Sorry about my foolish banter eideard.

  3. @Mo Hasan
    There are plenty of other computer manufacturers and yet Apple makes a good deal of money selling computers without having to be the largest computer manufacturer. Why should they have to be the largest tablet seller to be a valid competitor in the space? Closed systems (vertically integrated) are working just fine for Apple.

    @Ballmer’s Boyz
    Being insulting doesn’t improve your point.

  4. Ballmer's Boyz

    I don’t know about all those iPads. I’m pretty sure that most of the world is still using Windows netbooks as their main mobile device after smartphones. The Windows netbook runs the best desktop OS in the world and costs about one-third the price of an iPad. The world loves cheap products and the netbook is one of the cheapest computing devices in the world. A Windows netbook does everything, including running the backbone plug-in of the the entire internet, Adobe Flash. A Windows netbook even comes with a keyboard which no serious computer user can do without.

    Apple iPad users are now called “hipsters” which is a derogatory term for Apple iSheep with more money than brains. Ninety-eight percent of current consumers using iPads are really going to enjoy the next wave of Windows Slates that Microsoft will be seeding to the smart consumer. Every Windows Slate will come with a stylus to boost productivity 1000% over iPad apps. The iPad user of today will be the Windows Slate user of tomorrow. In theory, Microsoft Windows is already winning the tablet race without one actual tablet product. Go, Microsoft.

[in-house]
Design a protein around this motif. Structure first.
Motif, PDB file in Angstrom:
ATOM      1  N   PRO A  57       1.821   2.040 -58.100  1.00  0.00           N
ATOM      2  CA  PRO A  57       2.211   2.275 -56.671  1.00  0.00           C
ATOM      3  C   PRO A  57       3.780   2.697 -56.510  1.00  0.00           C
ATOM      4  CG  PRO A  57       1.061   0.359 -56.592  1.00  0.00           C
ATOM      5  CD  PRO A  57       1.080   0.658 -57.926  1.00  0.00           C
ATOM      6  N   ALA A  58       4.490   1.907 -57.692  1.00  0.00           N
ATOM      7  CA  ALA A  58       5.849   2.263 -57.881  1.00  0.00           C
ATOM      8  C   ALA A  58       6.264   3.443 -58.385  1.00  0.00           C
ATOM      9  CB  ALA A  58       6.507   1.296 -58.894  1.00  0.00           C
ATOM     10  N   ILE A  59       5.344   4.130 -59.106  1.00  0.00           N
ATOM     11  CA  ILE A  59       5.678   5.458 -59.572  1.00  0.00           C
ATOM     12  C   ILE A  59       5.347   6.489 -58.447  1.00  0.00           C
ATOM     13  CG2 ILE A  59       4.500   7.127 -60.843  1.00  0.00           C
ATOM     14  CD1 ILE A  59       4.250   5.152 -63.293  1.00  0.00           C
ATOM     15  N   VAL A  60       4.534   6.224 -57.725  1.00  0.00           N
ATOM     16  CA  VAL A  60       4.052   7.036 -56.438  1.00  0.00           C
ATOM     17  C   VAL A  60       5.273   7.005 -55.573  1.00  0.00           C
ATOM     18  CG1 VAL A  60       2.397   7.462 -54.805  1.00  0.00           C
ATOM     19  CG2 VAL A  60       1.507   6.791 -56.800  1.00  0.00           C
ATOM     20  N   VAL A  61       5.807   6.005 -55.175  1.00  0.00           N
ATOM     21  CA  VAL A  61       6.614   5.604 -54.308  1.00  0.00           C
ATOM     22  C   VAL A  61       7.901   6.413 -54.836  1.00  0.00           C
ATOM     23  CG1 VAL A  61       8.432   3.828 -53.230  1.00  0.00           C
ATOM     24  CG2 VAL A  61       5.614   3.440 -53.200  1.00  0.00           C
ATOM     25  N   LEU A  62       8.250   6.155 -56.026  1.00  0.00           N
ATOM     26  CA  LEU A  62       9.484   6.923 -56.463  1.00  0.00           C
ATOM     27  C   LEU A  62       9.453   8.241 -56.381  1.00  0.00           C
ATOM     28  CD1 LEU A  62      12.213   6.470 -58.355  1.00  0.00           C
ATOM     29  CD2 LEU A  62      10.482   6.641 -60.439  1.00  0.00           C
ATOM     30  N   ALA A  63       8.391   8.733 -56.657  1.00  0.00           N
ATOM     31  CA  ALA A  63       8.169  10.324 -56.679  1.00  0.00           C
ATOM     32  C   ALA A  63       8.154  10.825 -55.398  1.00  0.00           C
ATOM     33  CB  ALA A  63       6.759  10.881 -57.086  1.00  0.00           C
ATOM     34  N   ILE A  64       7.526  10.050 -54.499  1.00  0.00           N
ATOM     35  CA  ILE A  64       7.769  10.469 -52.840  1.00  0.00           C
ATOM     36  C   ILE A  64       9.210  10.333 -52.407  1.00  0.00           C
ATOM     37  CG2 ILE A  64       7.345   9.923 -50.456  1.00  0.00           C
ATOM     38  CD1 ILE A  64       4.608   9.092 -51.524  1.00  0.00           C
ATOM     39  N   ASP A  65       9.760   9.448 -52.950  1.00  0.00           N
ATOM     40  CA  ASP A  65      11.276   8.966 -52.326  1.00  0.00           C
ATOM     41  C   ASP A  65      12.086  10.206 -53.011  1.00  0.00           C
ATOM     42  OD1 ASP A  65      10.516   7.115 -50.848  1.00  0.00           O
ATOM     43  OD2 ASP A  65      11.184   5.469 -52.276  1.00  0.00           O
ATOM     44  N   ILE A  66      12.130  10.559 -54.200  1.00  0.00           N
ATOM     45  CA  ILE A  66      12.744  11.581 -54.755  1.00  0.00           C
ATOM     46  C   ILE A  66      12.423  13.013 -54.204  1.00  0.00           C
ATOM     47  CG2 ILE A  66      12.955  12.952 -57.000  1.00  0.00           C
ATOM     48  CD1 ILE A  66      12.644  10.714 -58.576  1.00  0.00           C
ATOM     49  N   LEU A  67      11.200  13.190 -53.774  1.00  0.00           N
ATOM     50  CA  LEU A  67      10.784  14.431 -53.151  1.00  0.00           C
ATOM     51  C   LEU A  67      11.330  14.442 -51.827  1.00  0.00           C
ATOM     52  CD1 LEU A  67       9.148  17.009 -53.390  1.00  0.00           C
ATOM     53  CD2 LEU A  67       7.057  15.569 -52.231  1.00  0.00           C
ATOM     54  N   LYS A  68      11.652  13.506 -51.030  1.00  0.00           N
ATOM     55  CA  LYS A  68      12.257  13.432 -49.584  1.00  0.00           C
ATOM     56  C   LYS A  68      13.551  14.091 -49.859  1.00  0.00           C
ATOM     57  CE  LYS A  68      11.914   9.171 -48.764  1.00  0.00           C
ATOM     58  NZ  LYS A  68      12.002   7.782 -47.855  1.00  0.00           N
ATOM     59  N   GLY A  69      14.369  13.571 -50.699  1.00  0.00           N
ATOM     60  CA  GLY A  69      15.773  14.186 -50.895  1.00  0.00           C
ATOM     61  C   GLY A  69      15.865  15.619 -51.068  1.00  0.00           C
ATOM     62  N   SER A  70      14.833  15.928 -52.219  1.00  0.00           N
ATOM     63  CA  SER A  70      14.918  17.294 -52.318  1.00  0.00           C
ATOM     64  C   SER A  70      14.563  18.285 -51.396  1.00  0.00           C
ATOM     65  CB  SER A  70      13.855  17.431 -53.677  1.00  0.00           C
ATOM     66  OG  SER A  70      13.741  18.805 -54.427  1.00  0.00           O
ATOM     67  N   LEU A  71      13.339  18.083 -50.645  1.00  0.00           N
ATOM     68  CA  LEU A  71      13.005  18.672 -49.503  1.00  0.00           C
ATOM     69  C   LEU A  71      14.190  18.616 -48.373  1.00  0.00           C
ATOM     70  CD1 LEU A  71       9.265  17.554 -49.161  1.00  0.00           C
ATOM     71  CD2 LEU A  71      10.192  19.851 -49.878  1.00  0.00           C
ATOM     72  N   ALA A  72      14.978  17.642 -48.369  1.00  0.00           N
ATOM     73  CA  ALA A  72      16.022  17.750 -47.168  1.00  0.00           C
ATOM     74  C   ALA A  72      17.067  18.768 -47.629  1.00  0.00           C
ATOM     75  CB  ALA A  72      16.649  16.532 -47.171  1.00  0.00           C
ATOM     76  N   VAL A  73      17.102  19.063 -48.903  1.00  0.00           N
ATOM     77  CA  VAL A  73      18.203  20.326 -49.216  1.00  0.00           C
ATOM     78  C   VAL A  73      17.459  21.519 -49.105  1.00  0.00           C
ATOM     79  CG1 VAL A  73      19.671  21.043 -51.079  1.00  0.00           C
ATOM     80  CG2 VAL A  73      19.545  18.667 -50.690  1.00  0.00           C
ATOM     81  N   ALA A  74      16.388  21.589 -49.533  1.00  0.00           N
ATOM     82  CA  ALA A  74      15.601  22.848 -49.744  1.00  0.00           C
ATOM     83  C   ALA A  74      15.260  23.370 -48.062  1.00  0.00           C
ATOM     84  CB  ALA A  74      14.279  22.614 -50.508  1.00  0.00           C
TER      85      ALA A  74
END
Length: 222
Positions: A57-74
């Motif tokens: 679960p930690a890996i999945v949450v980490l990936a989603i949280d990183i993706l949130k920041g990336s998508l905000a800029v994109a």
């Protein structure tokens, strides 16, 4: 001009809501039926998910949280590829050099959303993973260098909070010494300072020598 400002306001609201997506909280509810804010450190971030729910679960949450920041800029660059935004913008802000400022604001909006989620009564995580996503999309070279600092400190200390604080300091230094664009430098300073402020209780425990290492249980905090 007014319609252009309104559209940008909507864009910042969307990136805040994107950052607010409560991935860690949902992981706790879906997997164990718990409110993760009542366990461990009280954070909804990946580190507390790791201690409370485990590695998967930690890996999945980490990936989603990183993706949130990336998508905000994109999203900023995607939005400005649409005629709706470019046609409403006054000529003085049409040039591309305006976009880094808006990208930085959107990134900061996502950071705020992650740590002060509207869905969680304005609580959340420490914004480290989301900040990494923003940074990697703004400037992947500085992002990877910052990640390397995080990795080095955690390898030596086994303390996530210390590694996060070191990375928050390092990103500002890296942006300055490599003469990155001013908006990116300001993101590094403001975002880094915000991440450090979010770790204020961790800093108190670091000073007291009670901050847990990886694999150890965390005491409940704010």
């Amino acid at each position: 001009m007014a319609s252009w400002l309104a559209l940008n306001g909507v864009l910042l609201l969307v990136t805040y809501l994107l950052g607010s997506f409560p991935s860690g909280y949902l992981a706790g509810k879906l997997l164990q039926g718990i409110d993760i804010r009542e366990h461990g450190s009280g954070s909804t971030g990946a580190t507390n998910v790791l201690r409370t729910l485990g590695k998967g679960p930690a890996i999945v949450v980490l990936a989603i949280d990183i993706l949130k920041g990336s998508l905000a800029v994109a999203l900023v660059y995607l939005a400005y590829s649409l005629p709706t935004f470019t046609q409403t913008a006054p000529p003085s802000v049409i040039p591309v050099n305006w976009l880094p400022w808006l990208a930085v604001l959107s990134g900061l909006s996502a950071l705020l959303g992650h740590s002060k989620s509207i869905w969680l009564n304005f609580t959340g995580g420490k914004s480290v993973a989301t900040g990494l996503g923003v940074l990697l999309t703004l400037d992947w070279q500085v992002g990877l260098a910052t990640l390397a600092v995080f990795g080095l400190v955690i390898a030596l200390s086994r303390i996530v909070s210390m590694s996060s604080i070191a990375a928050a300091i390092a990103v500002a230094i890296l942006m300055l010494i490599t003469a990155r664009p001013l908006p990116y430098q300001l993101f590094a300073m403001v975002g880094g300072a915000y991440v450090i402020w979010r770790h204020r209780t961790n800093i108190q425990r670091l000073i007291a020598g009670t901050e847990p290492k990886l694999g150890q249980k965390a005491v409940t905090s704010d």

• dreamtiger

      “Ninety-eight percent of current consumers using iPads are really going to enjoy the next wave of Windows Slates that Microsoft will be seeding to the smart consumer. Every Windows Slate will come with a stylus to boost productivity 1000% over iPad apps. The iPad user of today will be the Windows Slate user of tomorrow. In theory, Microsoft Windows is already winning the tablet race without one actual tablet product. ”

      What a scream! Thanks, I needed a good laugh today:)

    • Top trolling, mate! You’ve caught quite a few fish who really should know better.

      As for the iPad… yeah, let’s see what Q1 brings and if it’s more iPod Touch (i.e. mainly gift market with a seasonal spike) or iPhone (increasing growth curve over time).

      It’s nice bit of kit though.

  5. Mo Hasan

    Apple redesigned and redefined the tablet market that Microsoft envisioned a decade ago. You are seeing Ipad’s everywhere now. You will see tablets (non Apple) everywhere by end of 2011. Developing countries like China and India are not going to adopt Ipads however they will quickly adopt cheaper tablet alternatives.
    Remember when you only saw IPhones for years now all of a sudden you are looking at Android phones everywhere. Apple is great at innovating however at the end their closed eco-system and high margin will once again come back and bite them in their A**. History does repeat itself.

  6. Interestingly, I find the iPad to be both too heavy and too small to really replace a book in bed (I do use it for reading emails, news and tech book pdfs – it’s best for all of those).

    If the 2011 iPad is significantly lighter, I’m ready to plunk down more of my cash to get it.